Mar 29

Project Fearless Award: My Acceptance Speech

This past weekend I received an award from an important new non-profit organization called Project Fearless that, as its Facebook page states, “will destigmatize and provide mental health resources to the LGBTQIA community in Rhode Island and Southern Massachusetts by partnering with local agencies. We aim to direct prospective individuals to affordable treatment options. Project Fearless will also provide financial assistance to low-income individuals seeking mental health treatment.”

It’s so awesome to now hold the distinction of being “the inaugural winner of the Project Fearless Award for Excellence in Therapeutic Service to the LGBTQ Community.”

Below is a reprint of the remarks I presented at the event, minus the appreciation and thank you’s to Project Fearless and those who’ve supported me over the years.

MY SPEECH

First, I have a confession to make to Project Fearless–which is that I’m anything but fearless, especially when it comes to this kind of thing, talking in front of a big group of people—which I know some people call public speaking, but I call public freaking.

But despite this fear I did take on some public speaking/freaking earlier in my career, in the 80’s and 90’s mostly. Since the 1970’s I’d always been the token out person everywhere I worked. Most coworkers didn’t really get LGBT issues–the QIA+ was silent back then. Many didn’t even know they were actually seeing LGBT clients. Their clients were invisible.

So, I couldn’t NOT do it. I felt it was my duty to start offering workshops to other mental health professionals. And to the community.

Around the same time I was at a career crossroads: I knew I had to get out of my mainstream agency and expand my own small practice–but could I do it? For lots of reasons, it so happened, I couldn’t think straight about it. (Think straight about it.) (Too old a joke?)

So…What do people do to sort out issues…? I looked for a therapist. My first choice was to find a gay or lesbian one; unfortunately I couldn’t…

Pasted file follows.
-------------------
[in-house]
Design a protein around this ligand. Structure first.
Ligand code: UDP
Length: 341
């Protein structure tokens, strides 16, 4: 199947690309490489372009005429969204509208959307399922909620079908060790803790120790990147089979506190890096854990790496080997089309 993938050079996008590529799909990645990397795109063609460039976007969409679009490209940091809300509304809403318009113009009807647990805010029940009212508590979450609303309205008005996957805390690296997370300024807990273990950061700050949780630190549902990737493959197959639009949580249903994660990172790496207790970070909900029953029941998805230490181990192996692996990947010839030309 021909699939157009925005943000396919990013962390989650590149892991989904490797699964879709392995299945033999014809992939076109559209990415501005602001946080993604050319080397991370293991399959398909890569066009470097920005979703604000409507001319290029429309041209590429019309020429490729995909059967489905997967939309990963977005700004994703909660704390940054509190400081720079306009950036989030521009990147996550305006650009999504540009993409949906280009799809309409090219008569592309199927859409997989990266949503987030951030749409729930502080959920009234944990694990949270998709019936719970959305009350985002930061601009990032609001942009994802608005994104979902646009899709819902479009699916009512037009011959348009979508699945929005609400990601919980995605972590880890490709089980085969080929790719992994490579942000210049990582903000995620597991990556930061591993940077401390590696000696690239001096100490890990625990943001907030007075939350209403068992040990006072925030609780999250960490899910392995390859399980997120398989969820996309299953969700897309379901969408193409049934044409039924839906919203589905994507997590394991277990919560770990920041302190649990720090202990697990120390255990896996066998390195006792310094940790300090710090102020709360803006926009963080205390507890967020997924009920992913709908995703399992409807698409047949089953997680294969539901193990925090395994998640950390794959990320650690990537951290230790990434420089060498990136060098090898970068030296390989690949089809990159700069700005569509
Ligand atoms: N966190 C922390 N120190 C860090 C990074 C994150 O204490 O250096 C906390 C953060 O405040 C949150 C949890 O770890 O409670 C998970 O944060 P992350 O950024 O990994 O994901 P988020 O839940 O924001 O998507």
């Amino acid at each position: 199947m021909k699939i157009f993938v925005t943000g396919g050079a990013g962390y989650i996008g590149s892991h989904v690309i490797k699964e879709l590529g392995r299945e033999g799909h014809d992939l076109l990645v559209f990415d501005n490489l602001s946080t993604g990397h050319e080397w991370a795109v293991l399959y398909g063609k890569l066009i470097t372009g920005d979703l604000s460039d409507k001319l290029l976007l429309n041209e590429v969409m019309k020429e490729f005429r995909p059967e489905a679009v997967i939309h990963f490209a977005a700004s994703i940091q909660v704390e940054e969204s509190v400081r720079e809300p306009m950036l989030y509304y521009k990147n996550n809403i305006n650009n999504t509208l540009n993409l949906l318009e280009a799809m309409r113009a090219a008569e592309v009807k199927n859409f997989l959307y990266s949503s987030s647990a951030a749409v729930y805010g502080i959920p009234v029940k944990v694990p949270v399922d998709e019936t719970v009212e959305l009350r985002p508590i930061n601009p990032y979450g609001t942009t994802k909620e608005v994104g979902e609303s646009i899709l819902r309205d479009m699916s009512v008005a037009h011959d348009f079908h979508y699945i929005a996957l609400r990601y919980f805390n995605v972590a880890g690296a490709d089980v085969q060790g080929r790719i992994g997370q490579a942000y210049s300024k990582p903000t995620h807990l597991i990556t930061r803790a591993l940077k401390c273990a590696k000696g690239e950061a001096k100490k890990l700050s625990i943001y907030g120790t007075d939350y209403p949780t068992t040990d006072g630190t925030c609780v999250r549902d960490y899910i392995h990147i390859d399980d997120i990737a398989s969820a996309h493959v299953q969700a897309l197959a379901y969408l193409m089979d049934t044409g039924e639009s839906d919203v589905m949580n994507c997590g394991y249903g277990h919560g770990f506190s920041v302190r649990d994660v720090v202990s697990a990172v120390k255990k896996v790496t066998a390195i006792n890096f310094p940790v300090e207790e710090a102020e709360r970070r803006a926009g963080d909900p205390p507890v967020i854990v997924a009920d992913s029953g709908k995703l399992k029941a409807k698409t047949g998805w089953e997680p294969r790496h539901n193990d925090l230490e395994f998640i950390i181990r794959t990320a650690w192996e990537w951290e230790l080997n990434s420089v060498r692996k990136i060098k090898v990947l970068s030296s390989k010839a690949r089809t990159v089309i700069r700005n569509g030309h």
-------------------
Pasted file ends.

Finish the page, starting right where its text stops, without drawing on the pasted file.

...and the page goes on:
Which was too bad because what many people didn’t get back then was my need to be an out therapist to clients.

I couldn’t be deterred, though. I’d seen the positive results. When clients at the mental health center were brave enough to broach the subject with me, I came out to them–and always to much appreciation and relief. There was no question it helped.

I did ultimately decide, of course, to do things my way and build my full-time practice–which is not limited, by the way, to our community. Even brave non-LGBT folks also come see me.

IN SUMMARY, 3 BRIEF BOTTOM LINES:

1) It matters a lot that Everyone be comfortable and safe in therapy.

2) Being authentic in both our life and our work benefits everyone.

3) Fears: We all have them. And life has never been about not having them; it’s about dealing with them so we can move on and do the things that are important.

Speaking of which, Congratulations to Project Fearless–a venture that is SO going to matter! And one that’s been needed for a very long time!

Mar 27

Paranoia at the Top: Never Their Fault

As philosopher Robert M. Hutchins puts it, “This is a do-it-yourself test for paranoia: You know you’ve got it when you can’t think of anything that’s your fault.” Molly S. Castelloe, Psychology Today

Recent headlines such as “Trump Sets a New Bar for Presidential Paranoia” (Columbia Journalism Review), “Paranoia and Cronyism: What Makes the White House Dysfunctional? (Salon), and “Donald Trump Is Normalizing Paranoia and Conspiracy Thinking in U.S. Politics” (Washington Post) raise very pertinent questions and concerns about a particularly troubling state of mind.